We’d come back from Glasgow ready for summer which never quite materialised, or not the long warm days I’d been envisaging so, once again, reading was done on the sofa rather than in the garden, and more of it than I’d originally planned.
The first of July’s two books was one of those novels you couldn’t get away from, at least in my neck of the social media woods, plus it’s a thriller which would usually put me off but Colin Walsh is a Stinging Fly contributor which swung it for me. Set in an Irish seaside town, Kala sees a reunion of schoolfriends just before the remains of one of their group are found, unearthed at a building site fifteen years after her disappearance. The discovery of Kala’s body sets in train a series of events that reveals who has been controlling the web of corruption and brutality well established in this picturesque small town. I’m a sucker for the friends reunited structure handled with such skill here. I found Walsh’s novel riveting, a proper literary page-turner with a little bit of The Secret History about it.
July’s second favourite was a rip-roaring modern western, a little sub-genre from which I’ve read several entertaining novels including Patrick deWitt’s wonderful The Sisters Brothers. Set in a Dodge City brothel, Claudia Cravens’ Lucky Red offers another spin on the genre as the orphaned Bridget falls hard for Spartan Lee, a female bounty hunter who brings a big prize to town. Bridget is a wonderfully engaging narrator, spinning out her life as a ‘sporting woman’ in a sassy, witty voice while revealing her dangerous naivete. There’s lots of dramatic, vividly descriptive storytelling to enjoy spiced with a hefty helping of humour. If you’re in the market for a funny feminist, lesbian, subversive western, or even if you’re not, I highly recommend this one.
August’s reading began with a surefire winner for me. I’m not one to squeak when opening proof packages but a new Ann Patchett is an exception. Tom Lake is set on a Michigan fruit farm where Lara is entertaining her daughters with the story of her youth as they help to bring in the cherry harvest during the first summer of the pandemic. All three daughters are entranced by the idea of their mother having a life before them despite knowing bits and pieces about her brief acting career and her relationship with the man who became an Oscar-winning movie star. For Lara, that summer is a small part of the happy life she’s led but for her daughters her story is a revelation. As ever, Patchett is the consummate storyteller, her novel immersive and involving.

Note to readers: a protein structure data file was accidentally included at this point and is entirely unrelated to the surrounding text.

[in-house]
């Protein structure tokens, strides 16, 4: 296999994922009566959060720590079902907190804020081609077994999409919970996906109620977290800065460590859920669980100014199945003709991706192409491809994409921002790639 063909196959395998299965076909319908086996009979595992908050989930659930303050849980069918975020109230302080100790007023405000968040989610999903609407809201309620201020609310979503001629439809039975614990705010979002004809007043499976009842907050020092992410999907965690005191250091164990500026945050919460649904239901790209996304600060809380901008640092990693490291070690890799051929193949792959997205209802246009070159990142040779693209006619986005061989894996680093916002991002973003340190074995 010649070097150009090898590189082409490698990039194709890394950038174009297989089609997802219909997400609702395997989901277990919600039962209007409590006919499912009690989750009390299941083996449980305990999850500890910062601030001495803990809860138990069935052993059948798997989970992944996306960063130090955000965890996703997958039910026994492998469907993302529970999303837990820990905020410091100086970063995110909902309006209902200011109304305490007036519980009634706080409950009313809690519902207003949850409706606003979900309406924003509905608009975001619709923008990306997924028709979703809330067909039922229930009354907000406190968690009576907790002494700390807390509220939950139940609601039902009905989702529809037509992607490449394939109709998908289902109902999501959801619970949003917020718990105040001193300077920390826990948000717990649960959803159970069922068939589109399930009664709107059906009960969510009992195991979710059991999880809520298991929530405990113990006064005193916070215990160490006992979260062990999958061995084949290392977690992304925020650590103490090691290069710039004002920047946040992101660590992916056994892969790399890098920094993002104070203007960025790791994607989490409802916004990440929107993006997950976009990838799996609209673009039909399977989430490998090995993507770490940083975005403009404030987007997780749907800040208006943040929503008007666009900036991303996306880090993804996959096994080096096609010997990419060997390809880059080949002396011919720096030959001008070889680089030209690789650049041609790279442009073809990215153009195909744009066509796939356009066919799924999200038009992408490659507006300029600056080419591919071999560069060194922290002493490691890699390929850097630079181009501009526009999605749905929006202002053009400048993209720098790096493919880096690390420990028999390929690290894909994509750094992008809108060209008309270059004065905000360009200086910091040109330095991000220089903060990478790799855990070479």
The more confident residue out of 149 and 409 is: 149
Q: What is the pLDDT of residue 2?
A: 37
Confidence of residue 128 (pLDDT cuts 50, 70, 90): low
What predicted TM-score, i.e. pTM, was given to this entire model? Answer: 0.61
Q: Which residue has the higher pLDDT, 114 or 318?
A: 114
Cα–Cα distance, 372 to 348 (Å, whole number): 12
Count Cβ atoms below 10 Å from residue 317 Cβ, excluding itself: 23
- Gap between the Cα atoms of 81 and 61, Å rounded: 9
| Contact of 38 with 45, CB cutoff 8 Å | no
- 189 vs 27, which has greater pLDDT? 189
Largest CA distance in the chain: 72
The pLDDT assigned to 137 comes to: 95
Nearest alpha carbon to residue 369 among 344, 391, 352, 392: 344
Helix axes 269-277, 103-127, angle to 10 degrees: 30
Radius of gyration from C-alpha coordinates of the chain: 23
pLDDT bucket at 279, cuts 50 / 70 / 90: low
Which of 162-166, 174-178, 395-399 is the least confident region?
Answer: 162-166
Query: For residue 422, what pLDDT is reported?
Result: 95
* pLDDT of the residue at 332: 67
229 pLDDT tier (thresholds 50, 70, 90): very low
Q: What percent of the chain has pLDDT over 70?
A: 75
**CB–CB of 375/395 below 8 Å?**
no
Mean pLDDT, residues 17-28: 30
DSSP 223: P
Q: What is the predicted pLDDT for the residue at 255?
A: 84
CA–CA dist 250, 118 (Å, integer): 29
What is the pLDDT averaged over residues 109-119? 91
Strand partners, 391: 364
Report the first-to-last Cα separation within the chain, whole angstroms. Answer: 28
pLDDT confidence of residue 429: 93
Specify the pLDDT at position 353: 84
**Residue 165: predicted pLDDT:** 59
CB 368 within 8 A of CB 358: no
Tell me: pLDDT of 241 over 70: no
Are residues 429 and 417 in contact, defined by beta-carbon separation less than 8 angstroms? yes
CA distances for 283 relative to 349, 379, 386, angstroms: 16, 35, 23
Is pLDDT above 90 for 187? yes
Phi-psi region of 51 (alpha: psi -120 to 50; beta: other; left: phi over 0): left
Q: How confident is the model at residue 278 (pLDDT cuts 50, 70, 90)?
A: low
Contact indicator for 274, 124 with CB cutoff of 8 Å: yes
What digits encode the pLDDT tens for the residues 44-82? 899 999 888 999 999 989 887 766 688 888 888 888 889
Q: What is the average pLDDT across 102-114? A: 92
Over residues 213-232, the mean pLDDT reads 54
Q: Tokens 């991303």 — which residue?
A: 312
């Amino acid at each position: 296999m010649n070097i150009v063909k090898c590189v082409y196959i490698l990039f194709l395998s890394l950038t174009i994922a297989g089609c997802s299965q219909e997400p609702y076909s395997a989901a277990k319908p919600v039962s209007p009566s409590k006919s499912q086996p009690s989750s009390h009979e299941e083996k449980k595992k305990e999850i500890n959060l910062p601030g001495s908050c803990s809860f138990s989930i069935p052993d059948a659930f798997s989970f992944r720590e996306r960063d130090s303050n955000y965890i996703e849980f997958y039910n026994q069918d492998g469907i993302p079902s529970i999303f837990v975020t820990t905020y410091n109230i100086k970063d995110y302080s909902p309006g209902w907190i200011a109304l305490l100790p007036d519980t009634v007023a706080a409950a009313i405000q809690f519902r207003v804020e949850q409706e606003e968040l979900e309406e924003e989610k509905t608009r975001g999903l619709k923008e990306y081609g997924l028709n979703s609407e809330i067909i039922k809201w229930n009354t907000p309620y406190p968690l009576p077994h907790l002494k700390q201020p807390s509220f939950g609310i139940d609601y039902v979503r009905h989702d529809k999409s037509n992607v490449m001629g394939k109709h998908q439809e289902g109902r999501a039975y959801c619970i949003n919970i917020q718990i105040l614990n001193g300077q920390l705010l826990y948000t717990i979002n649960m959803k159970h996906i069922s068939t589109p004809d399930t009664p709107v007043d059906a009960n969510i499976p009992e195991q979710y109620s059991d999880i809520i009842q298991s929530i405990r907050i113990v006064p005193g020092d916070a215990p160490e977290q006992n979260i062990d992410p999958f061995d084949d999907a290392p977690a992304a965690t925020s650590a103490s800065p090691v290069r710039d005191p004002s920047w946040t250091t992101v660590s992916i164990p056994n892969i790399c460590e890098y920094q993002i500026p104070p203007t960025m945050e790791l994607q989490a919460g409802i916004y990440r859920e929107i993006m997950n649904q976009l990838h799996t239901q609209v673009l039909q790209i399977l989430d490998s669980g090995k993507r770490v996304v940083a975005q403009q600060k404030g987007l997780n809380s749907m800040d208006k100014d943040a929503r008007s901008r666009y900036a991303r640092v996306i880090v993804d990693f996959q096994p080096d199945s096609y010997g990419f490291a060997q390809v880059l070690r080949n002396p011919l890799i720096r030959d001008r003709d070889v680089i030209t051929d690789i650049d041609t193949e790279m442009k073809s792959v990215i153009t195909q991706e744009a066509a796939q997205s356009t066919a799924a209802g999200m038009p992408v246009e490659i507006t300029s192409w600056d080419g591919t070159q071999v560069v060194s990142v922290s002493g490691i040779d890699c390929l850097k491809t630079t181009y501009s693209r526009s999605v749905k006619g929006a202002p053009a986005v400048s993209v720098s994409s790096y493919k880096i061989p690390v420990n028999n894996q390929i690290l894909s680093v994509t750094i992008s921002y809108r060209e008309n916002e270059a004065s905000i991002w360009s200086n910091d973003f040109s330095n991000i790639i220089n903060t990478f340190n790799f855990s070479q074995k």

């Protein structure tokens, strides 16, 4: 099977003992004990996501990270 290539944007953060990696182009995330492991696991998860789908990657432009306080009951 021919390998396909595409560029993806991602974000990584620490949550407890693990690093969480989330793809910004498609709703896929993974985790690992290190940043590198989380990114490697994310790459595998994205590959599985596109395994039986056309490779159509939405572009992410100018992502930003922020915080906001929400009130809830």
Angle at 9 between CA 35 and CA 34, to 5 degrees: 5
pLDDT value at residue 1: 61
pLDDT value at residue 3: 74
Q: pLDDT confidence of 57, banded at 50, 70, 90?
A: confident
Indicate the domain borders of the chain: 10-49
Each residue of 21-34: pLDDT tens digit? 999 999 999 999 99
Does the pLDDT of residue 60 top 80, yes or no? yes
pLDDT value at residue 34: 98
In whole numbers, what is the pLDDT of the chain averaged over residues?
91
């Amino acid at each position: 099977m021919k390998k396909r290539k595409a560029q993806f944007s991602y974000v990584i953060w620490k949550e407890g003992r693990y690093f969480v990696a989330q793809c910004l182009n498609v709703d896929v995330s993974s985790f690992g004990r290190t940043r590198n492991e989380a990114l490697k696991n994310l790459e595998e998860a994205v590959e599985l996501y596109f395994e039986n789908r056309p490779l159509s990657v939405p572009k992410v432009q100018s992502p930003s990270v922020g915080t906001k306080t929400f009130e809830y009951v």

August’s other favourite is much more sober than the joyful Tom Lake. Noel O’Regan’s powerful debut Though the Bodies Fall is set on a stretch of Kerry headland, a suicide black spot for years, unbeknownst to his grandparents who bought the bungalow which has been Micheál Burns’ family home since he was six years old. Now forty-two, he lives alone, constantly on alert for signs that a ‘visitor’ has arrived who needs talking down, a burden his family has been carrying for decades. As is so often the case with Irish authors, it was the quality of O’Regan’s writing that struck me most. The sense of place is extraordinarily strong, anchored with vivid word pictures that summon up the bungalow’s bleakly beautiful surroundings and the many storms that batter them.
Just one book for September which turned out to be the darkest I’ve read for some time. I’d been so impressed by Paul Lynch’s novella, Beyond the Sea, that I’d included it on my 2019 books of the year list so was eager to read Prophet Song, delighted when it popped through my letterbox. Set in a near future Ireland in the grips of an increasingly authoritarian regime with civil society breaking down, it follows scientist Eilish Stack whose trade unionist husband never returns from his appointment with the security services, leaving her to look after their four children and her demented father. Her plight and that of her family is all too believable, uncomfortably familiar from the news with its reports of conflict zones, political oppression and tragic stories of refugees drowning. I included Prophet Song on my Booker wishlist not really expecting it to be longlisted let alone win the prize which, of course, it did.
Fear not, things brighten up on the reading front come October after H and I returned from our first railway jaunt since covid shut the world down. More about that next week. Meanwhile, if you missed the first two parts and would like to catch up, they’re here and here.